It is incredibly hard to attain only the most rudimentary type of viewer objectivity when one's cult movie is involved. Subject of an everlasting debate among great cinema fans and less great fans alike, the question of whether yes or no a film possesses its own level of intrinsec quality, and should not only be judged as to how it pleases a particular individual, is still a topic that puzzles me and countless others. To gain the necessary detachment, I waited for more than a year before revisiting this critically-panned motion picture that I absolutely adored before, during and after its release, and for increasingly obscure reasons at that. Maybe I was just a sick fuck. Maybe I still am.
As of now, you should be able to guess that this review of Glen Morgan's 2006 Black Christmas remake is a highly subjective take on a film that maybe, probably, surely doesn't deserve such an exhaustive analysis. Or does it?
Alright, to most people, the answer to that question is a big no-no. ''It's just a crappy slasher'', they all say. On those regards, 'they' are absolutely right. Because, make no mistake, Black Christmas IS just a slasher film, and it cannot (and doesn't) pretend to be anything else. And make no mistake, it is unmistakably crappy, too-- and even if the final product almost begs to be considered as a campy, fast-paced cheesefest than an actual horror thriller, the DVD's 'Behind the Scenes' features reveal that the original intent was to make an actual, y'know, 'scary movie', but with 'traces of typical genre humor'.
I frankly don't know where to start. I'll get rid of those inevitable comparisons to Bob Clark's 1974 original, which was (and still is) a deliciously creepy and unsettling pulse-pounder, even thirty-plus years after its release. Spawning a long wave of hit dead teenager films (and notably inspiring John Carpenter's Halloween), it is also nearly the complete opposite of this new millenium reboot. Besides the setting and a few similarities (read : references), both are very different entities that might have similar goals, but still proceed on marginally separate ways to reach them. I am referring, of course, to the good ol' heebie-jeebies-- scaring the shit out of an audience. It's not the new version's biggest flaw, that definite un-scariness, but it drags the end result down-- a lot. It has no clue how to maintain tension. It has no clue how to provide sustained thrills. It has no clue to be scary. To some, that's the worst possible crime any retelling of the 1974 version might commit.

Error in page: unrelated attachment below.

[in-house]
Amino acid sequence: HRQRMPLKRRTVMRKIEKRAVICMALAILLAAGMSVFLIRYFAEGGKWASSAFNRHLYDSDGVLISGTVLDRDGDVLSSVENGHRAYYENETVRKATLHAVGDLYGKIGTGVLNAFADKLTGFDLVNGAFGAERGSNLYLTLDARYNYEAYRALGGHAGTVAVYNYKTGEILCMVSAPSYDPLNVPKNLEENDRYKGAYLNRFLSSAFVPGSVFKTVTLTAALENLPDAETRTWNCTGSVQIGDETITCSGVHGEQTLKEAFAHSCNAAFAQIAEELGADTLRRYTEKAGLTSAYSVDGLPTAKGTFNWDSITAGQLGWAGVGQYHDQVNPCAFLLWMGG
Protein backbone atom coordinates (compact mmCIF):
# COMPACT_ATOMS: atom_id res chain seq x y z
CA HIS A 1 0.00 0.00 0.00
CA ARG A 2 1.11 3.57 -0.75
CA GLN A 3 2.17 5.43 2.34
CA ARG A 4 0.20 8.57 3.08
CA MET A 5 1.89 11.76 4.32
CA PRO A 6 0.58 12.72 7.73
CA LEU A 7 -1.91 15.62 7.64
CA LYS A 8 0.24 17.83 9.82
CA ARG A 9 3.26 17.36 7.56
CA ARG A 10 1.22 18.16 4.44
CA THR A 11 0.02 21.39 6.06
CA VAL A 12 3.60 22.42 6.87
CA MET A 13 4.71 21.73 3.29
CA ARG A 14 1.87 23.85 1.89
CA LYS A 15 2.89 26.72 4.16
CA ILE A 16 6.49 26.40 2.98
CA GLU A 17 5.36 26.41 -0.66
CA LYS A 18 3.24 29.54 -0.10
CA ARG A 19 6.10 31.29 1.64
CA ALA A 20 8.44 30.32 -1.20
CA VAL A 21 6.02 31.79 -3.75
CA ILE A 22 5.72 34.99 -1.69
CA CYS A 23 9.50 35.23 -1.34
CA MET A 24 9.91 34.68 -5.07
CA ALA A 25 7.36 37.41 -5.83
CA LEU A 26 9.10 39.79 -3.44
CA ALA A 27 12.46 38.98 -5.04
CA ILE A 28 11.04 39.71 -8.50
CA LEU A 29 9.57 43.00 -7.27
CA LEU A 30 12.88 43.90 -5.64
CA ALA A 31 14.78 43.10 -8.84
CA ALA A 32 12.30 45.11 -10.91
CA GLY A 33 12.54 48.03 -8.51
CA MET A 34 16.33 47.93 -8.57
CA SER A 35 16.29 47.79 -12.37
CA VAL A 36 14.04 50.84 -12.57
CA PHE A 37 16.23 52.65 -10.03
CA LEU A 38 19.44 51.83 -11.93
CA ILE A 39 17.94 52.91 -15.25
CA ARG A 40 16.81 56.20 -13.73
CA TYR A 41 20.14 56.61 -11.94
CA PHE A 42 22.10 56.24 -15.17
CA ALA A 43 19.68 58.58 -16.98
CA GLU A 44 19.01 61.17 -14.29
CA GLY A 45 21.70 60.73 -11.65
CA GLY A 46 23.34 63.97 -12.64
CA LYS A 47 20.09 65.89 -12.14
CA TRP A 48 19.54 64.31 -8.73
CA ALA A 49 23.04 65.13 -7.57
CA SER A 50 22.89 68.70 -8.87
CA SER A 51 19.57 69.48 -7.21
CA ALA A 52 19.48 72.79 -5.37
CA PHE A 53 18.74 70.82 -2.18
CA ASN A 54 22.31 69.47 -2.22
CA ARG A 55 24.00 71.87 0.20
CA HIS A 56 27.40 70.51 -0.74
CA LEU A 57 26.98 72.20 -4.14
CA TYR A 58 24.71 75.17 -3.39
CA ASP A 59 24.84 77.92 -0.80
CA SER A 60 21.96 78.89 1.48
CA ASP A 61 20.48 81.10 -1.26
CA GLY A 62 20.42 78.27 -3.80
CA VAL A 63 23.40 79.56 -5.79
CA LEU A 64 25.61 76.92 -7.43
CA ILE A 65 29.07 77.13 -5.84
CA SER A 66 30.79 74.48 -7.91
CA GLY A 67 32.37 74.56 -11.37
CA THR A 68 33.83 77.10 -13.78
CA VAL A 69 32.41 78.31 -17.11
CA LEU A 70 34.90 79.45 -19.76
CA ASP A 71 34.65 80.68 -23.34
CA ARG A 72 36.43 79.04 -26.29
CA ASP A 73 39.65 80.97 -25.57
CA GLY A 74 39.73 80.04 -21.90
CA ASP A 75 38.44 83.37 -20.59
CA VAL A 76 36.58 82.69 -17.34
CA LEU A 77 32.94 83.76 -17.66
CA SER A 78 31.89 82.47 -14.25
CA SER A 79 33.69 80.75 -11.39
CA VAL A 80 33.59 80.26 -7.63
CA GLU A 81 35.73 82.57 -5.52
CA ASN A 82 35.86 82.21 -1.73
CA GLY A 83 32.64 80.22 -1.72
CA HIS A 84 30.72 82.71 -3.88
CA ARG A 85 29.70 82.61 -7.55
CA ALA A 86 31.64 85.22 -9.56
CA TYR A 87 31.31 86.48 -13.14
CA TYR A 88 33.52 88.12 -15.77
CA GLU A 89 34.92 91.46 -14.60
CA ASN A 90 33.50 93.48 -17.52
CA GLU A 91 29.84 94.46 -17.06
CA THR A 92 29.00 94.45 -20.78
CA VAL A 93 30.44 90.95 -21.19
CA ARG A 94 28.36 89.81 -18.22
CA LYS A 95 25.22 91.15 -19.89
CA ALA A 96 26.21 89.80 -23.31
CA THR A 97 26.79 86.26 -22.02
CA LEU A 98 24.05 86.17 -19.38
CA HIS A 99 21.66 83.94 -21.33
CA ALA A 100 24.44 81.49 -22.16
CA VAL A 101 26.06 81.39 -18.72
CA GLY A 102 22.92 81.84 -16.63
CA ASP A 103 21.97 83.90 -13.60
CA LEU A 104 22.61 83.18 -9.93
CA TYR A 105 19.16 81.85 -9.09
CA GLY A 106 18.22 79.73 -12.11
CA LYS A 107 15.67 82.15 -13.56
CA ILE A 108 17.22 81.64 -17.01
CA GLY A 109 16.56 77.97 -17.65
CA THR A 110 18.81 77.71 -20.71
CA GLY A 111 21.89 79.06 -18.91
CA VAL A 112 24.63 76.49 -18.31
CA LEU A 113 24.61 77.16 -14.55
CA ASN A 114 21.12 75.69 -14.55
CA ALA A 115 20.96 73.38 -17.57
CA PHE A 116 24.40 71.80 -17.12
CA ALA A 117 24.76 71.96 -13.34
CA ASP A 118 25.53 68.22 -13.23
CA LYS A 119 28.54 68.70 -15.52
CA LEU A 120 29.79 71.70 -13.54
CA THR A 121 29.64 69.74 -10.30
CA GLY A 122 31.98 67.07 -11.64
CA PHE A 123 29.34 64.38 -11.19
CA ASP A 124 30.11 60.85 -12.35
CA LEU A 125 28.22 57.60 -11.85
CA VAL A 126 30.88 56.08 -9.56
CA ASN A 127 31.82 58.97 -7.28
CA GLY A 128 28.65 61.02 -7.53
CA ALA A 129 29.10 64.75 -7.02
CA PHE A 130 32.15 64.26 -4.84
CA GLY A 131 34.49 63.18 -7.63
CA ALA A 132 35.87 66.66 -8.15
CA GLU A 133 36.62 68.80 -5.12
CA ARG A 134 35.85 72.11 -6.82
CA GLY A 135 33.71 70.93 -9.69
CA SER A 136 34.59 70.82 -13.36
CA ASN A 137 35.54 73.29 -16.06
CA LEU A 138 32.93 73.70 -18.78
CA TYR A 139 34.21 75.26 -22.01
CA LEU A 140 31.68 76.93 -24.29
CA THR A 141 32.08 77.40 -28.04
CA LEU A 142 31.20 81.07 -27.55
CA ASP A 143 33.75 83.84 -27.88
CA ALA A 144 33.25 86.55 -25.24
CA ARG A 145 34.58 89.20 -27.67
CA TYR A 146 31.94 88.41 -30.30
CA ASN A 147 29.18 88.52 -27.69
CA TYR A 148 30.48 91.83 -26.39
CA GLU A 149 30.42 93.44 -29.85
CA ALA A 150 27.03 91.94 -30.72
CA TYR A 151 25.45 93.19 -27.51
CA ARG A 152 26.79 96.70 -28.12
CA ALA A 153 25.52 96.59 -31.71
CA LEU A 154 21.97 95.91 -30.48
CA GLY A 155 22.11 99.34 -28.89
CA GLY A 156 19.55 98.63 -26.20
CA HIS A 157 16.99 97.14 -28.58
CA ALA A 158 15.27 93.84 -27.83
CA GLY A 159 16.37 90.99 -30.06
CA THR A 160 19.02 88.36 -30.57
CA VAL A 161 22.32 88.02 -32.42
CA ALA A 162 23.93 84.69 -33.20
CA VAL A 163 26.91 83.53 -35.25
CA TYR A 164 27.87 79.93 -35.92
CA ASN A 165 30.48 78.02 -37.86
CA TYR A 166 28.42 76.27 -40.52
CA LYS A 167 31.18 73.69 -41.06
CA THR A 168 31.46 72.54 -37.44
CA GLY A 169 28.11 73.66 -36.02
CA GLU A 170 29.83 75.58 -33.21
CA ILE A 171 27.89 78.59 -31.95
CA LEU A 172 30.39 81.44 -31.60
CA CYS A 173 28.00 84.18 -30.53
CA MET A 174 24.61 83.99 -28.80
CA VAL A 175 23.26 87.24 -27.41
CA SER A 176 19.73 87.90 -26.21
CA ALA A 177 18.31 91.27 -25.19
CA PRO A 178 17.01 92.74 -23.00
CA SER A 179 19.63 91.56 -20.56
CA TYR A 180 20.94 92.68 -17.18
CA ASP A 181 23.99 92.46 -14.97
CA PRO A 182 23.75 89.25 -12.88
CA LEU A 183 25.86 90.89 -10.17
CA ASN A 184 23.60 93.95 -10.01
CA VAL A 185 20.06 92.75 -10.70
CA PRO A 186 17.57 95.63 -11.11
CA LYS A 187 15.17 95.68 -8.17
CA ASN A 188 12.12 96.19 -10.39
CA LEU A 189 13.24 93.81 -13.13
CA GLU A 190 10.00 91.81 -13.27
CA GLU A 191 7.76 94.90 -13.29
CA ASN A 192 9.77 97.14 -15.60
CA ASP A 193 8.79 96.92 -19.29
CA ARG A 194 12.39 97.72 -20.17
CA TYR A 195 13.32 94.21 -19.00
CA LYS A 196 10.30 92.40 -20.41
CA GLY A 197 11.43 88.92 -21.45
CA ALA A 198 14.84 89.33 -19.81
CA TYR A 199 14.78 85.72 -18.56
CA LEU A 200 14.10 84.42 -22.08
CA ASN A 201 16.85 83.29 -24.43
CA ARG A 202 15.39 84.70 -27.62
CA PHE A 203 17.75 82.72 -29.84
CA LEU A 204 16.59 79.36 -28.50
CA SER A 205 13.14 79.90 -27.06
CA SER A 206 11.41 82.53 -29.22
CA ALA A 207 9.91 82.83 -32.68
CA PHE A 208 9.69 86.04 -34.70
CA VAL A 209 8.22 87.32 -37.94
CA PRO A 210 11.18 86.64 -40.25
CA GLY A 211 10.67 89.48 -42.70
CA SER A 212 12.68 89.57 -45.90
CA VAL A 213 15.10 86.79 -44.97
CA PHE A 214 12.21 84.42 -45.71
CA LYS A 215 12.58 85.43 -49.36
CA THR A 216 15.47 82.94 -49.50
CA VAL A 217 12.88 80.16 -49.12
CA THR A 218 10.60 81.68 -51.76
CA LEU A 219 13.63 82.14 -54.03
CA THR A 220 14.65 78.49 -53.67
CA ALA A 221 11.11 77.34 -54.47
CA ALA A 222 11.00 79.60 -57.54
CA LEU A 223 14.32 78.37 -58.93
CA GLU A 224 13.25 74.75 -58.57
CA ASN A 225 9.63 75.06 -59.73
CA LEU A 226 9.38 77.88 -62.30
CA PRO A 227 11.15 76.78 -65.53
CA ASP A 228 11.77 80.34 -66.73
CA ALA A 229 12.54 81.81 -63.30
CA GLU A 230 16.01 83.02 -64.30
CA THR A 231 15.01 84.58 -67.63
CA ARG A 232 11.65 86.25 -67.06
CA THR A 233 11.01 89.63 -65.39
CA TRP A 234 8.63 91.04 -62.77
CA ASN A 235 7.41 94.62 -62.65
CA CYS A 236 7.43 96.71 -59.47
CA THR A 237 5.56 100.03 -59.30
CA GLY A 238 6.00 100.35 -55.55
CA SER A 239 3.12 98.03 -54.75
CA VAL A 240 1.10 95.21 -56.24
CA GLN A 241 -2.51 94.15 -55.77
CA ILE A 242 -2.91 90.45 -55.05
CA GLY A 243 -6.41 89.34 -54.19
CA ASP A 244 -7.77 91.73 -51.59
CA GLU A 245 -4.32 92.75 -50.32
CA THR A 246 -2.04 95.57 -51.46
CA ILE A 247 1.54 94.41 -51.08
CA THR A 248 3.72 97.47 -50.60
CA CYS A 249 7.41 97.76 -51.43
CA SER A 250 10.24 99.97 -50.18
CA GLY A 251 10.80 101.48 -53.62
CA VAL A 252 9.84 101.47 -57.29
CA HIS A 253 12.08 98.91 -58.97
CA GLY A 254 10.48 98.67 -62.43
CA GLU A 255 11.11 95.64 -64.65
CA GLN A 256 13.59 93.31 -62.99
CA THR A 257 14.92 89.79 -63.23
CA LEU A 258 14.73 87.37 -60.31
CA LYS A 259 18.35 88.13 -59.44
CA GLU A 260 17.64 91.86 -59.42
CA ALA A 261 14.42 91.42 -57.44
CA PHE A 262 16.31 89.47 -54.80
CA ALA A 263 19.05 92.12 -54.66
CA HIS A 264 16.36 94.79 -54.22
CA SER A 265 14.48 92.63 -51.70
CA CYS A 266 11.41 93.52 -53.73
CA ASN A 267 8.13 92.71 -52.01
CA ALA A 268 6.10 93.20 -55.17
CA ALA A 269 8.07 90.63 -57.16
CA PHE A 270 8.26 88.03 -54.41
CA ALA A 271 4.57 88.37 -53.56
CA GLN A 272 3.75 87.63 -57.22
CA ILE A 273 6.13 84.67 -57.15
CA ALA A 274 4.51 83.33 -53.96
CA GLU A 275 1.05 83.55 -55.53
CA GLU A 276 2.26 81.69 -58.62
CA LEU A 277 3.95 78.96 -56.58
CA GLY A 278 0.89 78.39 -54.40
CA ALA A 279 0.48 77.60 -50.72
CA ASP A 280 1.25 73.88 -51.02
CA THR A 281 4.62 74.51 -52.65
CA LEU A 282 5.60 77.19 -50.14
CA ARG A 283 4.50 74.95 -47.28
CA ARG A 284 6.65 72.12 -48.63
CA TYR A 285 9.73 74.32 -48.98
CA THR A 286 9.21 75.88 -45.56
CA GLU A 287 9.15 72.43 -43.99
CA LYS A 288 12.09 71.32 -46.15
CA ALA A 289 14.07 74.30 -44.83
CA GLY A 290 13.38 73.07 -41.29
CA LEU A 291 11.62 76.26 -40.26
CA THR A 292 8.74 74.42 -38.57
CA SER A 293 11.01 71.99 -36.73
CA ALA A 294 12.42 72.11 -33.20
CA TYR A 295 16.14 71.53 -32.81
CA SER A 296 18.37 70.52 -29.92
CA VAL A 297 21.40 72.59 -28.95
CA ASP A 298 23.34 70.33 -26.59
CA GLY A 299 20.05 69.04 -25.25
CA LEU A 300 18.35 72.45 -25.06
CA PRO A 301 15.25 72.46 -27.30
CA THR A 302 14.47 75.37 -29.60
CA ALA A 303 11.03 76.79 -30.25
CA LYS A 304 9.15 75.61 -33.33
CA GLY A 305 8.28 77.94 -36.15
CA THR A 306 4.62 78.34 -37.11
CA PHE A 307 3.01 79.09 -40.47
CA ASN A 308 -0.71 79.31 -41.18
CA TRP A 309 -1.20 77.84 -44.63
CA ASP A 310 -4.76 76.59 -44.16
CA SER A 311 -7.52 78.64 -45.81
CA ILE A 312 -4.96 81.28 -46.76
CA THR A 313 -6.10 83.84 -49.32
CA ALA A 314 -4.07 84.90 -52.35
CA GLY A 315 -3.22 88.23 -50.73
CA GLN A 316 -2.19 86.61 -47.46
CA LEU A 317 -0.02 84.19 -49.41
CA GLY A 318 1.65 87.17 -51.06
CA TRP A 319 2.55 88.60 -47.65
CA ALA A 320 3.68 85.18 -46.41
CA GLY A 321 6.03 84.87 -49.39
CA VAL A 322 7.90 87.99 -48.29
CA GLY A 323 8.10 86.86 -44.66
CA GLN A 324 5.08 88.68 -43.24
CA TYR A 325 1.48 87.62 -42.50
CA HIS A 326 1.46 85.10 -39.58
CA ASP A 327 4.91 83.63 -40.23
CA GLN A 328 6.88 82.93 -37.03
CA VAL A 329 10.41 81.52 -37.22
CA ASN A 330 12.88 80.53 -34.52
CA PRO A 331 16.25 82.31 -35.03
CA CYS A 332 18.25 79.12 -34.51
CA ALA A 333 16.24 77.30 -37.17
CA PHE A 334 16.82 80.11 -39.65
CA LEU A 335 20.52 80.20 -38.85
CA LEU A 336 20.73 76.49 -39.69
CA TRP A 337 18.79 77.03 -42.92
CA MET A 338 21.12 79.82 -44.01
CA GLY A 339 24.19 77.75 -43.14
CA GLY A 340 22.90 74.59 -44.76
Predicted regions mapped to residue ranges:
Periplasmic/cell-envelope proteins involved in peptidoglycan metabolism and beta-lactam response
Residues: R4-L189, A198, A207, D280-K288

But hey, plenty of those kinds of films have gotten away with that particular lack of spookiness. If the Friday the 13th films had been known for their genuine eerieness (and not for their unrelenting sleaziness and death porn), I think we'd live in a radically different world today-- and I do mean that. But nope : those films have had their fair share of success because they provide cheap, splattery thrills. They are enjoyable because they offer nothing more than vile, voyeuristic moments of nastiness without ever pretending all of this is happening for real. *insert commentary on following birth of torture porn subgenre here* Nevertheless, Black Christmas 06 is, to at least a considerable fanbase, an entertaining romp even if it wasn't meant to be in such a tongue-in-cheek way.